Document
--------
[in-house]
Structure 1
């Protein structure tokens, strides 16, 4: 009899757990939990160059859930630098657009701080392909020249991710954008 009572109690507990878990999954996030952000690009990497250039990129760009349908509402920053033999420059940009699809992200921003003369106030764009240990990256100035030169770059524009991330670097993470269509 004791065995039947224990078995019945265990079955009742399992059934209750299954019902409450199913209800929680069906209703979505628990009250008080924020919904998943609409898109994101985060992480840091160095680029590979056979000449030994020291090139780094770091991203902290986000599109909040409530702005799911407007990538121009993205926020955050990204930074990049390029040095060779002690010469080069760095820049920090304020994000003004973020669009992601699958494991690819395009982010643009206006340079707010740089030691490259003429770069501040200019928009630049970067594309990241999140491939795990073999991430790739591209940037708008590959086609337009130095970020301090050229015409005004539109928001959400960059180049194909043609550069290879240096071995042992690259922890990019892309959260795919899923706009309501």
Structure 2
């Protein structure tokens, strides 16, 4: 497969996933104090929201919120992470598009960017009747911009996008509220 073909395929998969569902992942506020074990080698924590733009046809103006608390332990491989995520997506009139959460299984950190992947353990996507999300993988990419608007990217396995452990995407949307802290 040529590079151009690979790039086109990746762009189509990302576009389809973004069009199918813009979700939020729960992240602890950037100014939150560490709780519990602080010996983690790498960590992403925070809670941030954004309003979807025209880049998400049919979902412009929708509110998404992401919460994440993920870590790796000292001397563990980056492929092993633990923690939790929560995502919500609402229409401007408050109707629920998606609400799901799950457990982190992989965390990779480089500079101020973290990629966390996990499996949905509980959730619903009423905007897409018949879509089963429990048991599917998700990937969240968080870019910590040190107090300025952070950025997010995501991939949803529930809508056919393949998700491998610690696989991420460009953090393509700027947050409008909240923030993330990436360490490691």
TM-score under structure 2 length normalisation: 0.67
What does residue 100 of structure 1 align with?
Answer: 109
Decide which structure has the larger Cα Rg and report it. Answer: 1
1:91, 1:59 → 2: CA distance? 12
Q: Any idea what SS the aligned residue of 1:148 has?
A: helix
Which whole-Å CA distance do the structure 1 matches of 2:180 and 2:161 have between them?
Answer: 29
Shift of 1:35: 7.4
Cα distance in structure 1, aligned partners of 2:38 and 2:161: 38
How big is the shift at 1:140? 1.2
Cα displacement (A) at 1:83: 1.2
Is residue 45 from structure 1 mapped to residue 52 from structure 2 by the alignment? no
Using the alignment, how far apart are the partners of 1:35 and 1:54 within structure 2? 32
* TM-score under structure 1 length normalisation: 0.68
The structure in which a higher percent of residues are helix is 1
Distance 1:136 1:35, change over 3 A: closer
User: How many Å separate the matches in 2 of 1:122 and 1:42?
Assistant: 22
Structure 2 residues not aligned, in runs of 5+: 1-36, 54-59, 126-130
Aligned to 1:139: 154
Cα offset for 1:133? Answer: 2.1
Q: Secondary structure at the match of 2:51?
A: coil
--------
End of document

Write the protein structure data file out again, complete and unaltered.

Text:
[in-house]
Structure 1
């Protein structure tokens, strides 16, 4: 009899757990939990160059859930630098657009701080392909020249991710954008 009572109690507990878990999954996030952000690009990497250039990129760009349908509402920053033999420059940009699809992200921003003369106030764009240990990256100035030169770059524009991330670097993470269509 004791065995039947224990078995019945265990079955009742399992059934209750299954019902409450199913209800929680069906209703979505628990009250008080924020919904998943609409898109994101985060992480840091160095680029590979056979000449030994020291090139780094770091991203902290986000599109909040409530702005799911407007990538121009993205926020955050990204930074990049390029040095060779002690010469080069760095820049920090304020994000003004973020669009992601699958494991690819395009982010643009206006340079707010740089030691490259003429770069501040200019928009630049970067594309990241999140491939795990073999991430790739591209940037708008590959086609337009130095970020301090050229015409005004539109928001959400960059180049194909043609550069290879240096071995042992690259922890990019892309959260795919899923706009309501």
Structure 2
């Protein structure tokens, strides 16, 4: 497969996933104090929201919120992470598009960017009747911009996008509220 073909395929998969569902992942506020074990080698924590733009046809103006608390332990491989995520997506009139959460299984950190992947353990996507999300993988990419608007990217396995452990995407949307802290 040529590079151009690979790039086109990746762009189509990302576009389809973004069009199918813009979700939020729960992240602890950037100014939150560490709780519990602080010996983690790498960590992403925070809670941030954004309003979807025209880049998400049919979902412009929708509110998404992401919460994440993920870590790796000292001397563990980056492929092993633990923690939790929560995502919500609402229409401007408050109707629920998606609400799901799950457990982190992989965390990779480089500079101020973290990629966390996990499996949905509980959730619903009423905007897409018949879509089963429990048991599917998700990937969240968080870019910590040190107090300025952070950025997010995501991939949803529930809508056919393949998700491998610690696989991420460009953090393509700027947050409008909240923030993330990436360490490691």
TM-score under structure 2 length normalisation: 0.67
What does residue 100 of structure 1 align with?
Answer: 109
Decide which structure has the larger Cα Rg and report it. Answer: 1
1:91, 1:59 → 2: CA distance? 12
Q: Any idea what SS the aligned residue of 1:148 has?
A: helix
Which whole-Å CA distance do the structure 1 matches of 2:180 and 2:161 have between them?
Answer: 29
Shift of 1:35: 7.4
Cα distance in structure 1, aligned partners of 2:38 and 2:161: 38
How big is the shift at 1:140? 1.2
Cα displacement (A) at 1:83: 1.2
Is residue 45 from structure 1 mapped to residue 52 from structure 2 by the alignment? no
Using the alignment, how far apart are the partners of 1:35 and 1:54 within structure 2? 32
* TM-score under structure 1 length normalisation: 0.68
The structure in which a higher percent of residues are helix is 1
Distance 1:136 1:35, change over 3 A: closer
User: How many Å separate the matches in 2 of 1:122 and 1:42?
Assistant: 22
Structure 2 residues not aligned, in runs of 5+: 1-36, 54-59, 126-130
Aligned to 1:139: 154
Cα offset for 1:133? Answer: 2.1
Q: Secondary structure at the match of 2:51?
A: coil